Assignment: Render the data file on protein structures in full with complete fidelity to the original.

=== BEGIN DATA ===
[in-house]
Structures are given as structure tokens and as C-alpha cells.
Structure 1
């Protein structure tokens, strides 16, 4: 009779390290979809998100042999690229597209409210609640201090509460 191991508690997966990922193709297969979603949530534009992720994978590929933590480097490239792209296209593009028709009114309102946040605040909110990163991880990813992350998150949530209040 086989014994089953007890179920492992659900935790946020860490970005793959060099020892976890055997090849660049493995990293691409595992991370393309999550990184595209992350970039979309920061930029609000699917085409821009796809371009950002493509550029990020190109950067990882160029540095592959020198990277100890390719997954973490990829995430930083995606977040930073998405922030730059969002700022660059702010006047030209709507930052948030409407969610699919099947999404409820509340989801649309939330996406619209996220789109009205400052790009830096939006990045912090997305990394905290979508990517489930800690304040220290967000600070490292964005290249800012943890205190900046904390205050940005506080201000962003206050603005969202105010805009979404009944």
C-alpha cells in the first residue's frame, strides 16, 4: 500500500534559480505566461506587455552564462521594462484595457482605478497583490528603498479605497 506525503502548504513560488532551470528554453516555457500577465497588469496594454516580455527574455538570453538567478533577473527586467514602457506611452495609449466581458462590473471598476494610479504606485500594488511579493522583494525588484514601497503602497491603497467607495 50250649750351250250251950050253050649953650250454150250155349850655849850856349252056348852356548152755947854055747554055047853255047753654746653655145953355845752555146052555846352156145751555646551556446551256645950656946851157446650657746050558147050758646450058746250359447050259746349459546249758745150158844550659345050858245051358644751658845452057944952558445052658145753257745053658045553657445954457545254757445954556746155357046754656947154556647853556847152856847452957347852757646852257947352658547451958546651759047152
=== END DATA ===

[in-house]
Structures are given as structure tokens and as C-alpha cells.
Structure 1
């Protein structure tokens, strides 16, 4: 009779390290979809998100042999690229597209409210609640201090509460 191991508690997966990922193709297969979603949530534009992720994978590929933590480097490239792209296209593009028709009114309102946040605040909110990163991880990813992350998150949530209040 086989014994089953007890179920492992659900935790946020860490970005793959060099020892976890055997090849660049493995990293691409595992991370393309999550990184595209992350970039979309920061930029609000699917085409821009796809371009950002493509550029990020190109950067990882160029540095592959020198990277100890390719997954973490990829995430930083995606977040930073998405922030730059969002700022660059702010006047030209709507930052948030409407969610699919099947999404409820509340989801649309939330996406619209996220789109009205400052790009830096939006990045912090997305990394905290979508990517489930800690304040220290967000600070490292964005290249800012943890205190900046904390205050940005506080201000962003206050603005969202105010805009979404009944």
C-alpha cells in the first residue's frame, strides 16, 4: 500500500534559480505566461506587455552564462521594462484595457482605478497583490528603498479605497 506525503502548504513560488532551470528554453516555457500577465497588469496594454516580455527574455538570453538567478533577473527586467514602457506611452495609449466581458462590473471598476494610479504606485500594488511579493522583494525588484514601497503602497491603497467607495 50250649750351250250251950050253050649953650250454150250155349850655849850856349252056348852356548152755947854055747554055047853255047753654746653655145953355845752555146052555846352156145751555646551556446551256645950656946851157446650657746050558147050758646450058746250359447050259746349459546249758745150158844550659345050858245051358644751658845452057944952558445052658145753257745053658045553657445954457545254757445954556746155357046754656947154556647853556847152856847452957347852757646852257947352658547451958546651759047152